If you’re looking to get an electric car, you are not alone. In fact, it’s estimated that in 2035, a quarter of the vehicles sold in the United States will be electric!

In joining the electric revolution, many things about daily driving will change. Of course, there’s the change that comes to your home, having a charging system to plug into, and the lack of engine noise to get used to.

One thing you don’t want to get caught unprepared for is, what happens if your electric car breaks down? This article will give you all the information you need about towing an electric car.

Different Types of Towing

Before determining how to tow an EV, take some time to get familiar with the different tow trucks that are usually dispatched. This will be handy if you need to call a tow or transport company as you will learn which tow truck is best for electric car towing.

Hook and chain trucks are some of the more popular tow trucks. Their smaller size makes them more convenient and allows them to get the job done quicker. They hook onto the undercarriage of the vehicle and drag the car. Two wheels will always be touching the ground during the journey.

Similar to hook and chain trucks are wheel lift tow trucks. With this method, a hydraulic yolk holds two wheels of the car, while the other two are either on the ground or hooked up to wheel dollies, if available.

Then there is the flatbed trailer. An entire vehicle can fit on the elevated flatbed of this, where it is then secured in place for the journey. None of the wheels are on the ground as the flatbed truck is transporting the vehicle.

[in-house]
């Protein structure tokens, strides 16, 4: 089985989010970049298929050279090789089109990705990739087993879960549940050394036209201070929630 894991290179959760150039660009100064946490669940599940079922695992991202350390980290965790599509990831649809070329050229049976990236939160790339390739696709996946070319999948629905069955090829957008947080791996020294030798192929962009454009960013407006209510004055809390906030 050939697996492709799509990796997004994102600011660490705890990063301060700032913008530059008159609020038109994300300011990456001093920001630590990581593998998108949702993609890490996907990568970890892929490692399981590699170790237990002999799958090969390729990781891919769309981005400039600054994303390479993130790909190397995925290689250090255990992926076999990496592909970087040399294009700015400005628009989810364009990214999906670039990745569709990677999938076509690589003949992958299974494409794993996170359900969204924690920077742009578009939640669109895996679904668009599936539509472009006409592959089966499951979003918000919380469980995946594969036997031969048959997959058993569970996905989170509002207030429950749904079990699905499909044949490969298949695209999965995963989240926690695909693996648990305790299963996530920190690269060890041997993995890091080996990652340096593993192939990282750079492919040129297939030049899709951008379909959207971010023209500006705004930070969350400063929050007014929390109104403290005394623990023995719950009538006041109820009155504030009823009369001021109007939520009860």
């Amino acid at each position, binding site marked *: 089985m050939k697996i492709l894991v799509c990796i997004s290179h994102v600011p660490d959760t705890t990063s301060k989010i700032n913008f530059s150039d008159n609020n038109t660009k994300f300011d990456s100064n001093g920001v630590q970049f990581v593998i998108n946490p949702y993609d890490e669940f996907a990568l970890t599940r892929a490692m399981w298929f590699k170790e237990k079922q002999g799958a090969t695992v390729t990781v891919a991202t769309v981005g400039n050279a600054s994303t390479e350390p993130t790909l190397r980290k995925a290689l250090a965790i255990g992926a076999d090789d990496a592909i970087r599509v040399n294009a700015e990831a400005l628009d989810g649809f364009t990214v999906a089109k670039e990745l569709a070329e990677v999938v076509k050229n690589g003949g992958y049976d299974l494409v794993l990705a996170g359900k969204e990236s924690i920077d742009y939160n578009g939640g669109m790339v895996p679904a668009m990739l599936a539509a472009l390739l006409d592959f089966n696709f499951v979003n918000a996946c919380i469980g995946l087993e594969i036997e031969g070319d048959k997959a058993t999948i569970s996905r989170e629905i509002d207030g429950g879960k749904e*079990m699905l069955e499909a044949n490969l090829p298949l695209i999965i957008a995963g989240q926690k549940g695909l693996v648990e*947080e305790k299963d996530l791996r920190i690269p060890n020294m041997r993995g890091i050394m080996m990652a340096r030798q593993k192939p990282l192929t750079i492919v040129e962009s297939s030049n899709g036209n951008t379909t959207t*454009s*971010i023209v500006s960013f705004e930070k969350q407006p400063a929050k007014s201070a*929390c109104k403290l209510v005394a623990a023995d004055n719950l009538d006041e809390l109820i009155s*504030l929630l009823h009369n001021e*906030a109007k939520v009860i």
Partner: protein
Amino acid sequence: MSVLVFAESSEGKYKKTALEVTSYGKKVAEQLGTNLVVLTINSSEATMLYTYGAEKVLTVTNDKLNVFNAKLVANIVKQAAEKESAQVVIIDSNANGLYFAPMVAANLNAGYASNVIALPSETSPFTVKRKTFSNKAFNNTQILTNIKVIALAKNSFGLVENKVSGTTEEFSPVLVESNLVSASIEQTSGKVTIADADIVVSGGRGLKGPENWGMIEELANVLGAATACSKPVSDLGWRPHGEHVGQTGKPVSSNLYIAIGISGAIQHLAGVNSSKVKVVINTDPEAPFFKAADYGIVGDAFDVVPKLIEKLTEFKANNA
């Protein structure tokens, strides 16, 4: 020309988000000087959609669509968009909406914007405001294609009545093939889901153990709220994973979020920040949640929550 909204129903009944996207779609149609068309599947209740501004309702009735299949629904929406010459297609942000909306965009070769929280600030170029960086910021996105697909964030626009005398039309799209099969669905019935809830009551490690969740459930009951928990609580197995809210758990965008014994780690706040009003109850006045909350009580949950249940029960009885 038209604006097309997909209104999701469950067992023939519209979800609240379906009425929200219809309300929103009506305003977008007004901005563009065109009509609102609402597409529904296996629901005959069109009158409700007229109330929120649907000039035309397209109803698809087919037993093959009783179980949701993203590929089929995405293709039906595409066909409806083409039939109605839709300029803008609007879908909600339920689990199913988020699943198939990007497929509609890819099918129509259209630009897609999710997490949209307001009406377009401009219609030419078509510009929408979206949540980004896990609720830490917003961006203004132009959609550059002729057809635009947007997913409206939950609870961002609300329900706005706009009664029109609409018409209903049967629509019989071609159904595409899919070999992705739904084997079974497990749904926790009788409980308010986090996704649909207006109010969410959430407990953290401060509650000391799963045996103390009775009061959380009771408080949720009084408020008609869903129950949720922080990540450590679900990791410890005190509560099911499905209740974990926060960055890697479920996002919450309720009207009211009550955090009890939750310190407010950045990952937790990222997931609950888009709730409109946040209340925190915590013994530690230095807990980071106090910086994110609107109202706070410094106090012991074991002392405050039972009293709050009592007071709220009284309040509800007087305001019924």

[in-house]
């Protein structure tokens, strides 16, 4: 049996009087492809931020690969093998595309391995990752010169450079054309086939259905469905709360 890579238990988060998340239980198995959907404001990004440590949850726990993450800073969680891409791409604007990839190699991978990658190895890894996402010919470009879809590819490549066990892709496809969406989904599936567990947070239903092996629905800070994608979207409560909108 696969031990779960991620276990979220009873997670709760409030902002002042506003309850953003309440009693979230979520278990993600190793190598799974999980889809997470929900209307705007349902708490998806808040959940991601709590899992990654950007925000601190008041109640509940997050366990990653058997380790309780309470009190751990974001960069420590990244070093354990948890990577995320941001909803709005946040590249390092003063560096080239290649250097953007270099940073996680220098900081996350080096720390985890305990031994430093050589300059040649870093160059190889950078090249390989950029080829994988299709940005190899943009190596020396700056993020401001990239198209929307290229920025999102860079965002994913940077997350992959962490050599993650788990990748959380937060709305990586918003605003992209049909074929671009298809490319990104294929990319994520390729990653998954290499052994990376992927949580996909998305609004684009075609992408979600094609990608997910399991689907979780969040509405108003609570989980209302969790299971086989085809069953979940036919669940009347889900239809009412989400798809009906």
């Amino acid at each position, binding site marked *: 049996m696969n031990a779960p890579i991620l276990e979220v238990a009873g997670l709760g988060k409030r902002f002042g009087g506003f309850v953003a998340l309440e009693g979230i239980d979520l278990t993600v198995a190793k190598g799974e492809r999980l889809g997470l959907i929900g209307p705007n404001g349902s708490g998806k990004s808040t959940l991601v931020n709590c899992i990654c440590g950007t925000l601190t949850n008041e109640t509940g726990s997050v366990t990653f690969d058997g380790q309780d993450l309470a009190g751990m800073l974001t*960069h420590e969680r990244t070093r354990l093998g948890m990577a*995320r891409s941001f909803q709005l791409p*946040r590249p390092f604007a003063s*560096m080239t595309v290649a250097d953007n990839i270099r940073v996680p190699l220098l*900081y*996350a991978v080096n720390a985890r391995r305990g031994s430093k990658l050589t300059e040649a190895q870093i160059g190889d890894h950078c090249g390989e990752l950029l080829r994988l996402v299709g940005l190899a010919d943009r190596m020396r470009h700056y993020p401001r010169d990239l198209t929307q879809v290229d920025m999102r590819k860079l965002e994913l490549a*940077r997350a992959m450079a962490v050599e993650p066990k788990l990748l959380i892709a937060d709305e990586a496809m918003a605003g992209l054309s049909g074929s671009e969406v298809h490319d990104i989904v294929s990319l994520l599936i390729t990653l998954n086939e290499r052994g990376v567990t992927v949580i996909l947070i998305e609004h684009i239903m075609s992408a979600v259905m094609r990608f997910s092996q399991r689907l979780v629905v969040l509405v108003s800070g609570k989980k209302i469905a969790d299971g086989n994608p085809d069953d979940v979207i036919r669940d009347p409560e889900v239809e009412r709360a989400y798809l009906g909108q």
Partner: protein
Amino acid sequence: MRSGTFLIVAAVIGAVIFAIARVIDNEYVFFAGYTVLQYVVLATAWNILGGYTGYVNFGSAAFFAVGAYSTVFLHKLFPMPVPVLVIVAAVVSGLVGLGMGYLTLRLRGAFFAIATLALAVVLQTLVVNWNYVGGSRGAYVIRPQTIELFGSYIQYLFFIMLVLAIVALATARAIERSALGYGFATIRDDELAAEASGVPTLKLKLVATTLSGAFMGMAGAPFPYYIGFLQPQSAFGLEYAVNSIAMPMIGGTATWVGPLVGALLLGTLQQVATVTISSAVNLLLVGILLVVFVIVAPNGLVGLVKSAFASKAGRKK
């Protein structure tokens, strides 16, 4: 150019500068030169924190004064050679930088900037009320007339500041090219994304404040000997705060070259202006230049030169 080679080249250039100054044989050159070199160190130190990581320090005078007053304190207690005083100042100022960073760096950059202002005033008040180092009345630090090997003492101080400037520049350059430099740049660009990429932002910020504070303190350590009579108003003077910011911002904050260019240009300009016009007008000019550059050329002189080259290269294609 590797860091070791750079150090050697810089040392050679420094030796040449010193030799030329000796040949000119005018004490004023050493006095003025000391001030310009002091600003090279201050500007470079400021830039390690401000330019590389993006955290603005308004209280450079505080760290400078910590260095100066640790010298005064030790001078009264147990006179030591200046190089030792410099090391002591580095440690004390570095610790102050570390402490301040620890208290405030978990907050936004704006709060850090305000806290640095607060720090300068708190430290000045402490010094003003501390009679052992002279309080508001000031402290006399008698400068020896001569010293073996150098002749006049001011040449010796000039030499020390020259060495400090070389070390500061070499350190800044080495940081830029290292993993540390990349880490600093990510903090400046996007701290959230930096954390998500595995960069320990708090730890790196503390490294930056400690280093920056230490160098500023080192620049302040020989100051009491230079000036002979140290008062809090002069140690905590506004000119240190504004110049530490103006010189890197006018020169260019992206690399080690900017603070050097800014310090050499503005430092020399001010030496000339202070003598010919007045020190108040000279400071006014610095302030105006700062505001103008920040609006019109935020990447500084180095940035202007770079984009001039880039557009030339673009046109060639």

Flatbed tow trucks are not to be confused with flat towing. This is the exact opposite. With flat towing, all four wheels of the vehicle touch the ground. Usually, this is done behind RV’s and campers. The vehicle is in neutral, being pulled along by the vehicle in front.

Some have considered the possibility of flat towing electric cars to allow them to charge quickly due to this charging mechanism. However, both the electric vehicle manufacturers and AAA highly advise against this as it has not been sufficiently tested.

The best way to tow an electric vehicle is on a flatbed where no wheels will touch the ground.

Why Tow an Electric Car?

With all the technology, additional features, and quirks electric cars are known to have, why would you ever need to tow one? Despite all the changes and differences in electric vehicles, they are still subject to break down and be parked on the side of the road like gas-powered vehicles.

Electric cars are subject to flat tires. Many electric and gasoline-powered cars today are ditching the spare tire in the car to allow for more room. With this, if you get a flat tire, you’re going to need a tow.

Gas-powered vehicles can run out of gas; electric vehicles can run out of battery charge. If the battery on your electric car dies while you’re on the road, the car will stop running. Like a phone, it will just stop working completely until it gets plugged in and has some juice.

Brakes are necessary for both electric and gas vehicles. If you notice issues with the brakes while driving, or your car alerts you to any brake issues while driving, it’s best not to risk it. Safely pull the vehicle over and call a tow to bring your car to the nearest place it can get serviced.

You may also need to transport your electric car if moving to another state. To save time and a vehicle's overall condition, it’s common to request auto transport for both electric and gasoline cars to the new location.

Finding Neutral

It's important to note that since electric vehicles have no gearbox, none of them have actual neutral gear. Some though, have a neutral mode which acts like the neutral gear found in traditional engines. The Tesla models and the Nissan Leaf are electric vehicles that have this mode.